Monday, May 9, 2016

Wildfire turns on "urban" Fort McMurray, in western Canada

The Canadian wildfire that began in the boreal forest, in the midst of the tar sands regions, has been raging for several days now, driving evacuation of all of Fort McMurray, population 80K.  One of the best stories I've read about the natural disaster was in the New York Times today, "Fort McMurray, a Canadian Oil Boom Town, Is Left in Ashes."   What I like about this story--as a ruralist--is that it puts the situation of Fort McMurray in economic context:
Fort McMurray, or Fort Make Money, as some Canadians nicknamed it during its recent boom years, was the kind of place where second chances and fat paychecks beckoned.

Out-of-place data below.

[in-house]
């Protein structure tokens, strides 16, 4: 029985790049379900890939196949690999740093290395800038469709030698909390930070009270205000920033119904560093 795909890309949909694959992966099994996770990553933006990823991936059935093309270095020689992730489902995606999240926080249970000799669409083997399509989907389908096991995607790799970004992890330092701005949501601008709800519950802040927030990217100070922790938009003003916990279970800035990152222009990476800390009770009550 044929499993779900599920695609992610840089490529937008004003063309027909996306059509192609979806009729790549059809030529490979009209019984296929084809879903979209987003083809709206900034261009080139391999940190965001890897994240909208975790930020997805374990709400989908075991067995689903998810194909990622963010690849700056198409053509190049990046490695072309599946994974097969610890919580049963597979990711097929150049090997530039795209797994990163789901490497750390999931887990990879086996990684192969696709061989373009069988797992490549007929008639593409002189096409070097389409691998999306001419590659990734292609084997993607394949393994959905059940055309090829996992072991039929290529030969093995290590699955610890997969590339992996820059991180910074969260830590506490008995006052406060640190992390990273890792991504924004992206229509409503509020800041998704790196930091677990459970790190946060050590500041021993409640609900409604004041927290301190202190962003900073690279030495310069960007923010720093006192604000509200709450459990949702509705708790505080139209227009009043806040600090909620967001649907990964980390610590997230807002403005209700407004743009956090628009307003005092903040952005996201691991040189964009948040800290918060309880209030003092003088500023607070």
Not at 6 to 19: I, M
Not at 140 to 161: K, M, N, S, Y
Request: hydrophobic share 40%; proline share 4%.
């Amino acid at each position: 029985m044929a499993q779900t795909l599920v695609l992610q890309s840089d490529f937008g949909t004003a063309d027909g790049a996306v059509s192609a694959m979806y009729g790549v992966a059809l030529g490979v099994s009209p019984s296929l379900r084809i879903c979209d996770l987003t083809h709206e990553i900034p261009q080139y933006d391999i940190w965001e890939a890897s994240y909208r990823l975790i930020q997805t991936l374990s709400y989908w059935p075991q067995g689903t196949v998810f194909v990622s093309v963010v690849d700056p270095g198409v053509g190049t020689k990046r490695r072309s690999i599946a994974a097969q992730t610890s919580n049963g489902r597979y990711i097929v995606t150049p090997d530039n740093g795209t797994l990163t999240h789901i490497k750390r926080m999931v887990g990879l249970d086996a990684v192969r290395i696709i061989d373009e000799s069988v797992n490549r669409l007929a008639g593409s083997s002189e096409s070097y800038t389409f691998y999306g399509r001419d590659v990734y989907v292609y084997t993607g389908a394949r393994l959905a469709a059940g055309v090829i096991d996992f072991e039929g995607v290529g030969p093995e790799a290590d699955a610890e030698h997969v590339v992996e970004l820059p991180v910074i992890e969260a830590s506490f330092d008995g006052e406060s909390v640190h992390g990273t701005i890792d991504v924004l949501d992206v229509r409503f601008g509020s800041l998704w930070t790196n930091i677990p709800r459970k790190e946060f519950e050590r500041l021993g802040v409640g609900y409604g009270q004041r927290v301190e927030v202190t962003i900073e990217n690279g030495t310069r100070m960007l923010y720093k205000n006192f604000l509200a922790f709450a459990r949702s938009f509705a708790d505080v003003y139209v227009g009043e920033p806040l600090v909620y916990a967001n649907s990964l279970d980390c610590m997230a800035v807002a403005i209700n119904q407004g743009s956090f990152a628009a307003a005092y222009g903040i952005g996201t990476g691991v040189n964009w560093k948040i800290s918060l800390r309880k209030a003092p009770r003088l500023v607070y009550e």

Those who settled there were trained engineers, refugees from war-torn countries and strivers from across Canada and beyond, drawn to a dot on the map in northern Alberta, a city carved out of boreal forest in a region gushing with oil riches. 
Even after the price of crude began to collapse in late 2014, erasing thousands of jobs, many residents managed to hang on, tightening their belts while waiting for the good times to return. 
Reminds me of Williston, North Dakota, in terms of the energy boom and the demographic attracted.  read more here.

Read more about the fire herehere and here.

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